Labor, cybercrime, immigration, climate change, inflation, geo-political unrest, taxes, supply chain interruptions, price hikes, soaring interest rates, installation, COVID-19, etc. The list of concerning issues goes on and on—enough angst to keep a flooring retailer tossing and turning at night.
With so much at stake, what’s a flooring retailer to do? Some only worry about the issues they can control; others focus on the here and now. Then there are those who prepare for the worst and hope for the best. Any way you slice it, 2023 will be a challenging year for the flooring retailer—then again, these entrepreneurs know a thing or two about weathering storms.
With that in mind, FCNews asked retailers to address the issues that concern them the most.
“I’m most concerned about economic conditions in the months ahead. Hard landing? Soft
landing? No one really knows. So, I’m feeling more uncertainty than I’ve felt since the start of COVID-19. As a retailer, I try to make sound business decisions based on the outlook for the months/year ahead. It’s hard to do that at the moment.”
— Adam Joss, The Vertical Connection Carpet One, Columbia, Md.
“I’d say inflation and the interest rate hikes that follow is our largest current concern regarding business. Not only is our builder business greatly affected by this, but as rates go up home values should drop, which gives our residential customers less confidence in investing in their homes. We’re very hopeful this recession only lasts a few quarters and we get back on track. The cybercrime topic is also of concern; we just purchased additional insurance to protect our company in the event of an attack.”
— Tom Heffner, About All Floors, Douglassville, Pa.
“The funny thing about this industry is what we worry about the most has nothing to do with anything you’ll find in the news. We need more carpet installers. It’s the constant struggle in the business.”
— Matt Wien, Marshall Carpet One & Rug Gallery, Mayfield Heights, Ohio.
“Immigration and climate change aren’t pressing issues, but higher interest rates and inflation are. Housing sales will slow down with higher rates while inflation keeps our customers—and our employees—from spending on larger-ticket items. It’s hard to increase pay when revenues slow. It’s a double-edged sword. All things said, we are aggressive with our marketing and will continue doing so as it is still a good time to get more market share. Paying attention to your business and doing what you can to make it grow should be top of mind for any business owner.”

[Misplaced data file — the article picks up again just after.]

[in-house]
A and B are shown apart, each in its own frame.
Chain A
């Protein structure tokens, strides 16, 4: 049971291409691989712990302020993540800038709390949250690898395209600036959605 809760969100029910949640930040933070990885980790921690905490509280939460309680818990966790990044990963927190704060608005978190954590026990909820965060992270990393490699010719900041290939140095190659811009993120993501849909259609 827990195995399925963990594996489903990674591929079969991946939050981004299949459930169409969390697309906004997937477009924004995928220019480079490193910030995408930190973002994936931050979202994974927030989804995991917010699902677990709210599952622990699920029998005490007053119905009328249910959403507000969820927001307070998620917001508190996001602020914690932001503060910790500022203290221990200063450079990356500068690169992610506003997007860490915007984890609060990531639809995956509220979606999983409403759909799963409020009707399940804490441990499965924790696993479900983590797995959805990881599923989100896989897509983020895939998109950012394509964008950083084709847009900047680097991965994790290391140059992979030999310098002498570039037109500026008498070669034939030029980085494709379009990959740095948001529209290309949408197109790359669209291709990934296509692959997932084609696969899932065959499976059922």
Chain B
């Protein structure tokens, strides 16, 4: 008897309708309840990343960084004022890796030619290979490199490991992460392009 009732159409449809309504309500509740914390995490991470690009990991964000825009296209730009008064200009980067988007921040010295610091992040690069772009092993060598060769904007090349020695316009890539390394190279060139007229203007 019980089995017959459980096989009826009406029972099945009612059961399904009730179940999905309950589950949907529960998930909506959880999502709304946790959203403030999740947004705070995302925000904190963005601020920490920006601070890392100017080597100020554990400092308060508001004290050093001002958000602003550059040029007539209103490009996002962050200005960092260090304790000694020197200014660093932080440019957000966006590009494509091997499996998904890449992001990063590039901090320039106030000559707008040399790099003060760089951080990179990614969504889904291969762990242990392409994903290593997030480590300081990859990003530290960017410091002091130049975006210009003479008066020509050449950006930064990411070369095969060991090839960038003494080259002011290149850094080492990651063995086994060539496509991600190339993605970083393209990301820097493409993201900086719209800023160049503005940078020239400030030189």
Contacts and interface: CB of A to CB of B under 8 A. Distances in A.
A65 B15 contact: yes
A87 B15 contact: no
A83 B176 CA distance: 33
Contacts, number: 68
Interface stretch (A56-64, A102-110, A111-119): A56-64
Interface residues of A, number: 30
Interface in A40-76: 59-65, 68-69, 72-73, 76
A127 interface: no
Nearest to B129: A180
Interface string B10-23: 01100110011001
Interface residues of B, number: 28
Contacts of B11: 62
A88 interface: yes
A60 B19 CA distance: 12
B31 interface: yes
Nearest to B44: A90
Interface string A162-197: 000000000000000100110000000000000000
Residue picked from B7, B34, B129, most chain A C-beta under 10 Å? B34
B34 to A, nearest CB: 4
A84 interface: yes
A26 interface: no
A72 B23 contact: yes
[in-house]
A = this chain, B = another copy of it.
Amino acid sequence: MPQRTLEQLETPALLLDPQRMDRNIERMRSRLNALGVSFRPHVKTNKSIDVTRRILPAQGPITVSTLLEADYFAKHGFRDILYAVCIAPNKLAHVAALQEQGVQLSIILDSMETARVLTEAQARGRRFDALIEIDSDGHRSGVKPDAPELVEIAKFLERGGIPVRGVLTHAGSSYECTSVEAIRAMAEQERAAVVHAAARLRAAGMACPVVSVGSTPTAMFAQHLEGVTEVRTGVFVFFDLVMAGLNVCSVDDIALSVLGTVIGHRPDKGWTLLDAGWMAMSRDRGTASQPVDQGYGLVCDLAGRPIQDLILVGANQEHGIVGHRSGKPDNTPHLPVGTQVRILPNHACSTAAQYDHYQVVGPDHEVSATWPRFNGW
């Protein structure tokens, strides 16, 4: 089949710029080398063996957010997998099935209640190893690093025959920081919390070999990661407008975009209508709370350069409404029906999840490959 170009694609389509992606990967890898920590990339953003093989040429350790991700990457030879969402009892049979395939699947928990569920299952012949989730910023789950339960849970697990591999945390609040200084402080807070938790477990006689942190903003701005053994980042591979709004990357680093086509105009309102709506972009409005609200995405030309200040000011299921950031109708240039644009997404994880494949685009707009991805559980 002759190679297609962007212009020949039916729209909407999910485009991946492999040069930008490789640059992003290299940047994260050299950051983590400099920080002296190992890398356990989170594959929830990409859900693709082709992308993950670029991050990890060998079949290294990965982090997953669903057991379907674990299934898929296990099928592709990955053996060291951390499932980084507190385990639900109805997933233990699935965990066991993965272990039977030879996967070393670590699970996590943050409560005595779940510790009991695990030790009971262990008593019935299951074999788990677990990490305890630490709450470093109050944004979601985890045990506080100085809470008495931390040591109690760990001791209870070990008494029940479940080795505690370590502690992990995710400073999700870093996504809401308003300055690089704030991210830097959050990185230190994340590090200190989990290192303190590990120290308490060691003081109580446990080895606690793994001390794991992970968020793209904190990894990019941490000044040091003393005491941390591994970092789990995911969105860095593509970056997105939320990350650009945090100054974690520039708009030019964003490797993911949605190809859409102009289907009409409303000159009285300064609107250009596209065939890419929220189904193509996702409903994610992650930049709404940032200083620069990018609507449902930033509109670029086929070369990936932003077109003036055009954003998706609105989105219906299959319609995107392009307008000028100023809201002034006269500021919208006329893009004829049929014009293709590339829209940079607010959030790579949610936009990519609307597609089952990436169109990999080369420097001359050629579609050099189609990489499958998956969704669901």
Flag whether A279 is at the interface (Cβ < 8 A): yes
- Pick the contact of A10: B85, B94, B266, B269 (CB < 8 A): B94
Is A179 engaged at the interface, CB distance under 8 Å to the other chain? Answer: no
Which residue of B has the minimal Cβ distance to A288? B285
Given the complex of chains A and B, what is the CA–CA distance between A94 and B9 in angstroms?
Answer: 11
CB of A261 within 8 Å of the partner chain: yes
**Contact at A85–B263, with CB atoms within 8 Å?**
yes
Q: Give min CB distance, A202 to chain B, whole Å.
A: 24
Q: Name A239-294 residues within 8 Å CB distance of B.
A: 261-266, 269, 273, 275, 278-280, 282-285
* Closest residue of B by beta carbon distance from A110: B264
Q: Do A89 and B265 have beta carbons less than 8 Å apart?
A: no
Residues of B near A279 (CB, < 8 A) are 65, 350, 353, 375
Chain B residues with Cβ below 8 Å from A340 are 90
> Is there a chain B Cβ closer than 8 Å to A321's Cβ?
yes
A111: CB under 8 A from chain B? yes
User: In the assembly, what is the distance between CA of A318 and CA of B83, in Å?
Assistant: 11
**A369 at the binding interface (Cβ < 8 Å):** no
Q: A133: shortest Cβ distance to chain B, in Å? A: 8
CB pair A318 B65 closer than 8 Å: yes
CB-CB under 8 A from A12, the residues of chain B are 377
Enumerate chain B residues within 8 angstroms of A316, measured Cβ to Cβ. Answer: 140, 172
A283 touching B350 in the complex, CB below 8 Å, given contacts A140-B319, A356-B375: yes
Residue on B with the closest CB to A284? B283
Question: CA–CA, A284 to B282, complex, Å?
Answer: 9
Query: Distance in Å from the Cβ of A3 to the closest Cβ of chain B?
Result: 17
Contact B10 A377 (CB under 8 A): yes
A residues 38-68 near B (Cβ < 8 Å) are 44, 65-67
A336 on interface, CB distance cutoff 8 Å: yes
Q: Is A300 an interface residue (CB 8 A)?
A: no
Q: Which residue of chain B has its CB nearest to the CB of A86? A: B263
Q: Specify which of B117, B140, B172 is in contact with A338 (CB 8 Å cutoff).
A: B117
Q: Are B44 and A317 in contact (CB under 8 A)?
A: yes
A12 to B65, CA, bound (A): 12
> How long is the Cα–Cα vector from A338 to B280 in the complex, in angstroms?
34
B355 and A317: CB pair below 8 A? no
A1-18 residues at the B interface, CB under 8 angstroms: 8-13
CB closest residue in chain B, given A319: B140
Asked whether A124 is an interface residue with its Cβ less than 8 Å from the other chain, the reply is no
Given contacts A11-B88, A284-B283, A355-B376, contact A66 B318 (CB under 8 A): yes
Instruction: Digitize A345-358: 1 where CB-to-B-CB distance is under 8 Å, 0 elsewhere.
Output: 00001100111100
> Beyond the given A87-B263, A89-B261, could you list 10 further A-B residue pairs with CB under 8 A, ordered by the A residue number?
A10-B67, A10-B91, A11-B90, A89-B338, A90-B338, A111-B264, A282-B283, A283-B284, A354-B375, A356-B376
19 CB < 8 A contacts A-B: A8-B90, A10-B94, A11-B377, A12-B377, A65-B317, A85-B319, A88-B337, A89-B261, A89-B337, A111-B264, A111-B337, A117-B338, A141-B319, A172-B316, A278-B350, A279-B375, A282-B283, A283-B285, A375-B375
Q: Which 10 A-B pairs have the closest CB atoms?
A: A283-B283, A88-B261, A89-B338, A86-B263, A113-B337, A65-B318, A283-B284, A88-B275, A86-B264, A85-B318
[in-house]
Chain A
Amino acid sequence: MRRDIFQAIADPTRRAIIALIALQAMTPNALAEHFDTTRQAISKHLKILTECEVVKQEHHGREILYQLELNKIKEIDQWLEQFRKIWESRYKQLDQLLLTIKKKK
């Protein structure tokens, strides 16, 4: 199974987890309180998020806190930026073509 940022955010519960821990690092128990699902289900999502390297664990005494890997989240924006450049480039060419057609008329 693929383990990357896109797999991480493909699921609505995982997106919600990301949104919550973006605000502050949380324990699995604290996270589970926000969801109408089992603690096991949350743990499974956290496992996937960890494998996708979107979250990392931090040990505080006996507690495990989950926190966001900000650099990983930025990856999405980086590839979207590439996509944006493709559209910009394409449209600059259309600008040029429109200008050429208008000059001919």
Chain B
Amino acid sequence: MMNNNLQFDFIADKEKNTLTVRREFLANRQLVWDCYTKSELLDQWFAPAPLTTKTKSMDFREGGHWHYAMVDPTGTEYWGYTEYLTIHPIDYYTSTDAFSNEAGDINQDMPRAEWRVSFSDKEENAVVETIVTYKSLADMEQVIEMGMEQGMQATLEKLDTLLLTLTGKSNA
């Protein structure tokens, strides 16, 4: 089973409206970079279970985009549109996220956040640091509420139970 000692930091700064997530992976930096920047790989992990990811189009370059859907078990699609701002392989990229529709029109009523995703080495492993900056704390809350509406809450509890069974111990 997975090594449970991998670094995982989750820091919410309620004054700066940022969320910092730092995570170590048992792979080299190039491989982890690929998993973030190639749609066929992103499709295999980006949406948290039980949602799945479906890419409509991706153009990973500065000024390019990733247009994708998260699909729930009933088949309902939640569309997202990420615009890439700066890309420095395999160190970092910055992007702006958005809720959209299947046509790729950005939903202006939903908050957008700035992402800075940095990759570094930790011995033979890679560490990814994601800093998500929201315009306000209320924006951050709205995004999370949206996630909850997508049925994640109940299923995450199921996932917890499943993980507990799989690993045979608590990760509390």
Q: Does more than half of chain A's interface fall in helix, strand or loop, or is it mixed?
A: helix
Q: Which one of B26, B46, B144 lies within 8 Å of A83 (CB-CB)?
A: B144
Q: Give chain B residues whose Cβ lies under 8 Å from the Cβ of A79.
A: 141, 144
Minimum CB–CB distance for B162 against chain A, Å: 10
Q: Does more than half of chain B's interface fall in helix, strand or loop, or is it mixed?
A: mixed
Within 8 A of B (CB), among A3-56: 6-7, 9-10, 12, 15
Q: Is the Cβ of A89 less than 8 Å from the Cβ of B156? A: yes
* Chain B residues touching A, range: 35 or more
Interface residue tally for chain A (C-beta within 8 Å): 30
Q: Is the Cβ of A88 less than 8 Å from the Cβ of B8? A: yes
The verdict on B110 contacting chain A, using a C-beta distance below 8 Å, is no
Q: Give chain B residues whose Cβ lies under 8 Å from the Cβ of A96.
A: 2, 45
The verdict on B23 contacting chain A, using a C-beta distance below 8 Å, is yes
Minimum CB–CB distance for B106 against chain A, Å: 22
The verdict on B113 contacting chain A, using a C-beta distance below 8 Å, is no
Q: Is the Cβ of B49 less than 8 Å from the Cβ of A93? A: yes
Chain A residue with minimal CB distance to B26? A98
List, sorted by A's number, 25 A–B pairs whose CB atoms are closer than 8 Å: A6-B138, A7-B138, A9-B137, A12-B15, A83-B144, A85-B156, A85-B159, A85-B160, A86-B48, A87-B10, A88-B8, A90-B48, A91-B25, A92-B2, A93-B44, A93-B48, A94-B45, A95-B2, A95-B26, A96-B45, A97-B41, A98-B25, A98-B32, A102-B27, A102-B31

— Steve Weisber, Crest Flooring, Allentown, Pa.
“My biggest concern is the approach taken by vendors in the face of inflation. If vendors keep bumping prices up to maintain their margins, we will end up pricing our product out of the market. We just don’t compete against other dealers; we also compete against other discretionary purchases. It is time to do the patriotic thing and limit the increases to your actual increases in cost rather than adding margin to it. This is the only way we are going to slow inflation as a country. In the face of record profits, corporate America needs to start looking at the big picture.”
— Joel Schreier, Home Carpet One, Chicago
Cost of business
“I worry about general economic pressures. Rates, fuel, shipping is a big deal, employee salaries and the cost of benefits. I believe part of this may be offset by the cost of materials going down in 2023. Wholesale inventories are rising as well.”
— Darrin Johnson, Ultimate Flooring, Cape Girardeau, Mo.
“I am most concerned about the issues we can control. There is not much we can do about interest rates, political climate, taxes, etc., but we can work on the things that do concern us as an organization. Labor would fit into that category. It is concerning that installers are getting older and younger people are not getting into the business. However, there are ways to attack this through CFI and WFCA training. Other concerns are keeping the attitudes of our associates positive. There is always flooring being sold; we have to find a way to get our share.”
— Doug Bertrand, Carpetland USA, Davenport, Iowa
“I think the issue most at hand and the one that I feel we can make a difference with is training our staff. In other words: people. Having a trained and qualified sales and installation staff should help you stand out among your competition. The struggle to train and retain good people is ongoing. Employers from all areas are competing for the best people. We have to make our industry inviting to entice the best people—and retain them. The lack of qualified installers is a problem, and we need to support any efforts to train people and keep them.”
— Doug Peeples, Myers Flooring, Nashville